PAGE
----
Just one more example (of the many) is Norway. Parents there can opt to receive either 56 weeks of leave at 80% pay, or 46 weeks at 100% pay. Furthermore, the mother is required to take at least 3 weeks prior to birth and at least 6 weeks after. Likewise, the father is required to take at least 12 weeks under the “daddy quota.” Beyond all this, the mother and father can each opt to take an additional 12 months of job protected leave. So, if the family decided to extend the leave as long as possible, that’s a total of 3 years and 1 month!
Now let’s look at some of the developing nations. Surely an industrialized nation like the United States would offer leave programs at least comparable to those of developing nations?
Not so fast.
The Congo offers 15 weeks of maternity leave, paid at 100% of salary. Vietnam offers 4-6 months, paid at 100% of salary. India offers 12 weeks, paid at 100% of salary. Even Afghanistan offers 12 weeks at 100%.
And the list goes on and on….
Perhaps one of the best examples is the United Nations. Members of this organization are allotted 16 weeks of maternity leave paid at 100%, and 4-8 weeks of paternity leave paid at 100%. I suppose you could consider this the international agreed-upon baseline.
We don’t even compare.
I’ve heard the counter-arguments, of course. The cost. The potential for discrimination against women in hiring. Not to mention the fear that a parent would take advantage of the full paid leave, and then quit anyway (after becoming so accustomed to being at home, etc).
Let’s start with the cost. Yes, there is a financial cost associated. But there are ways to shoulder the burden. In Canada, for example, the amount comes out of the federal Employment Insurance program – paid into by working Canadians. It doesn’t necessarily have to be shouldered by employers.
As far as discrimination against women in hiring, that seems to be a pretty naive statement, assuming that only women would and should take parental leave. If the policies were equivalent across both men and women, I doubt there would be much incentive for employers to hire one over the other. Additionally, with all our laws protecting women and minorities from discriminatory hiring practices, I would hope that we’re protected here.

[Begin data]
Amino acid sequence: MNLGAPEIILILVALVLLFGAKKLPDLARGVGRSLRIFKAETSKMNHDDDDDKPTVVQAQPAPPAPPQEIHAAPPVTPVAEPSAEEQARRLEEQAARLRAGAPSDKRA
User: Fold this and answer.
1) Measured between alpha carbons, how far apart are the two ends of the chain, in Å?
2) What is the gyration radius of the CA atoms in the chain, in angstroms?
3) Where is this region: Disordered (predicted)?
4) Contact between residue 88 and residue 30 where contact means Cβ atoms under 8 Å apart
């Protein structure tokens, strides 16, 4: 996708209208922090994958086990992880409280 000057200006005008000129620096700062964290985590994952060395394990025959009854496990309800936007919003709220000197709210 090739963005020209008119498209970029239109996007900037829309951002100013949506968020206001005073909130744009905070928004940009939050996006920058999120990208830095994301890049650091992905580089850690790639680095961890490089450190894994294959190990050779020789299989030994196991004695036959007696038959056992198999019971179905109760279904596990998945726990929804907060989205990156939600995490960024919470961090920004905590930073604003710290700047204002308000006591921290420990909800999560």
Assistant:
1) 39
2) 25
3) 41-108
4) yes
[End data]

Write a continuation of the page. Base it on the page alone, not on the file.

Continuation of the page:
And for mothers (or fathers) opting to take long leaves and then quitting for good – well, yes, that is a risk. However, I feel it is a much larger risk given the very short time period Americans have of protected leave today. Parents are left with no good alternatives; we either leave our tiny 6 or 12-week-olds with caregivers, or simply give up and quit until they are older. For me personally, this was a very very difficult decision, and I was “this close” to throwing my hands up and quitting until my son was older (and probably would have, had I not been fortunate enough to be offered a much more flexible position). Canada, again, appears to be a good example in that after 12 months at home, statistics show that the vast majority of mothers feel ready to leave their children with other caregivers and transition back into their careers. In addition, it is much easier to hire a temporary replacement for a 12-month contract instead of a temporary replacement for 6-12 weeks (which basically leaves the American employer SOL until the parent returns to work).
So where does this leave us? We remain in the Bottom Four internationally as far as paid parental leave goes. Not really something to be proud of for a nation that touts itself as the leader of the free world. Consider that prior to 1993, there was NO provision for protected leave (and employers could deny at will), and I suppose we’ve come a little ways.
But we still have so much further to go. We talk about the children being our future, yet are forcing mothers to leave them at 6-12 weeks-old. I am constantly surprised in my conversations with other mothers; how many don’t realize how poorly our leave regulations fare against international standards. Does that mean we just accept it they way it is? That we assume this is the best we can get?
I hope not. Our children and future generations depend on it.